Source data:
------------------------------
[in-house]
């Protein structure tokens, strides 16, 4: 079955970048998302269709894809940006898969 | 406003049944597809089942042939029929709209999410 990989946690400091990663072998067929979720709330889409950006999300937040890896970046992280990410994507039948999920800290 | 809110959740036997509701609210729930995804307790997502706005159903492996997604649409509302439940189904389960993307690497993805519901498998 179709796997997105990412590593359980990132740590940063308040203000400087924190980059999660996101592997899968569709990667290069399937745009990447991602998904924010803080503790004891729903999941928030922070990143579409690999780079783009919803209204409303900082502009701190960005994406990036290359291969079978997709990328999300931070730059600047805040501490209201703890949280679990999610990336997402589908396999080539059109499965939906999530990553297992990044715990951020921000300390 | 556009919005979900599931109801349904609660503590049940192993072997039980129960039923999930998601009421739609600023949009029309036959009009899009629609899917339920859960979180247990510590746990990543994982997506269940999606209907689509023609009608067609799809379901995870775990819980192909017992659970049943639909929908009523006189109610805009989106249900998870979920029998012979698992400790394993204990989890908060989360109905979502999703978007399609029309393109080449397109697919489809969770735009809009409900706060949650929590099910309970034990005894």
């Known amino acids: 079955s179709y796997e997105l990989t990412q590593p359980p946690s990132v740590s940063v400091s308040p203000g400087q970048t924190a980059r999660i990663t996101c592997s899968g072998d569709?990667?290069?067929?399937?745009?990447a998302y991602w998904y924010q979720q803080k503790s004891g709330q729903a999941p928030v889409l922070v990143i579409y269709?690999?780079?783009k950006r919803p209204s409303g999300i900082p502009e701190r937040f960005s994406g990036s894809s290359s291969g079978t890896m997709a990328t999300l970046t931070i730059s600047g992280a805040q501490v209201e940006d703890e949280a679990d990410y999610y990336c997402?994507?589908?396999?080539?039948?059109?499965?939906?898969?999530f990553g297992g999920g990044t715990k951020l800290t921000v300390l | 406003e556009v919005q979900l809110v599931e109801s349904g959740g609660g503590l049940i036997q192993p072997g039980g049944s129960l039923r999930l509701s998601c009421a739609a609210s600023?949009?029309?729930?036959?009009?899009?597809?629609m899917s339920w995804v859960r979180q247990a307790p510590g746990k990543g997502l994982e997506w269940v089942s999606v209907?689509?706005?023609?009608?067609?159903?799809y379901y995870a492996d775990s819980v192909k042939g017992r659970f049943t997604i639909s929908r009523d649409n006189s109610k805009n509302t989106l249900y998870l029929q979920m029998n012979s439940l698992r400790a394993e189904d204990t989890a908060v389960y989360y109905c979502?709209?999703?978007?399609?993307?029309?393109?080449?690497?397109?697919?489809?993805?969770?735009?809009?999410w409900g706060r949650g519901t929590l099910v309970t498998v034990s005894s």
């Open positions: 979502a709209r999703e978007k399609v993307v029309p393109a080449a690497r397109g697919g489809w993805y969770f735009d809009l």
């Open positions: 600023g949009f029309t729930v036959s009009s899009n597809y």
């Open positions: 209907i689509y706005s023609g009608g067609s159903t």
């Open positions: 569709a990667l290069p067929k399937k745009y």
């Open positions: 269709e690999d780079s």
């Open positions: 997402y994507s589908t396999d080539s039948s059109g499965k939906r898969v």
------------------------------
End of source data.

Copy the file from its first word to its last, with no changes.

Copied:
[in-house]
């Protein structure tokens, strides 16, 4: 079955970048998302269709894809940006898969 | 406003049944597809089942042939029929709209999410 990989946690400091990663072998067929979720709330889409950006999300937040890896970046992280990410994507039948999920800290 | 809110959740036997509701609210729930995804307790997502706005159903492996997604649409509302439940189904389960993307690497993805519901498998 179709796997997105990412590593359980990132740590940063308040203000400087924190980059999660996101592997899968569709990667290069399937745009990447991602998904924010803080503790004891729903999941928030922070990143579409690999780079783009919803209204409303900082502009701190960005994406990036290359291969079978997709990328999300931070730059600047805040501490209201703890949280679990999610990336997402589908396999080539059109499965939906999530990553297992990044715990951020921000300390 | 556009919005979900599931109801349904609660503590049940192993072997039980129960039923999930998601009421739609600023949009029309036959009009899009629609899917339920859960979180247990510590746990990543994982997506269940999606209907689509023609009608067609799809379901995870775990819980192909017992659970049943639909929908009523006189109610805009989106249900998870979920029998012979698992400790394993204990989890908060989360109905979502999703978007399609029309393109080449397109697919489809969770735009809009409900706060949650929590099910309970034990005894």
């Known amino acids: 079955s179709y796997e997105l990989t990412q590593p359980p946690s990132v740590s940063v400091s308040p203000g400087q970048t924190a980059r999660i990663t996101c592997s899968g072998d569709?990667?290069?067929?399937?745009?990447a998302y991602w998904y924010q979720q803080k503790s004891g709330q729903a999941p928030v889409l922070v990143i579409y269709?690999?780079?783009k950006r919803p209204s409303g999300i900082p502009e701190r937040f960005s994406g990036s894809s290359s291969g079978t890896m997709a990328t999300l970046t931070i730059s600047g992280a805040q501490v209201e940006d703890e949280a679990d990410y999610y990336c997402?994507?589908?396999?080539?039948?059109?499965?939906?898969?999530f990553g297992g999920g990044t715990k951020l800290t921000v300390l | 406003e556009v919005q979900l809110v599931e109801s349904g959740g609660g503590l049940i036997q192993p072997g039980g049944s129960l039923r999930l509701s998601c009421a739609a609210s600023?949009?029309?729930?036959?009009?899009?597809?629609m899917s339920w995804v859960r979180q247990a307790p510590g746990k990543g997502l994982e997506w269940v089942s999606v209907?689509?706005?023609?009608?067609?159903?799809y379901y995870a492996d775990s819980v192909k042939g017992r659970f049943t997604i639909s929908r009523d649409n006189s109610k805009n509302t989106l249900y998870l029929q979920m029998n012979s439940l698992r400790a394993e189904d204990t989890a908060v389960y989360y109905c979502?709209?999703?978007?399609?993307?029309?393109?080449?690497?397109?697919?489809?993805?969770?735009?809009?999410w409900g706060r949650g519901t929590l099910v309970t498998v034990s005894s």
């Open positions: 979502a709209r999703e978007k399609v993307v029309p393109a080449a690497r397109g697919g489809w993805y969770f735009d809009l």
């Open positions: 600023g949009f029309t729930v036959s009009s899009n597809y």
């Open positions: 209907i689509y706005s023609g009608g067609s159903t």
């Open positions: 569709a990667l290069p067929k399937k745009y």
């Open positions: 269709e690999d780079s």
């Open positions: 997402y994507s589908t396999d080539s039948s059109g499965k939906r898969v």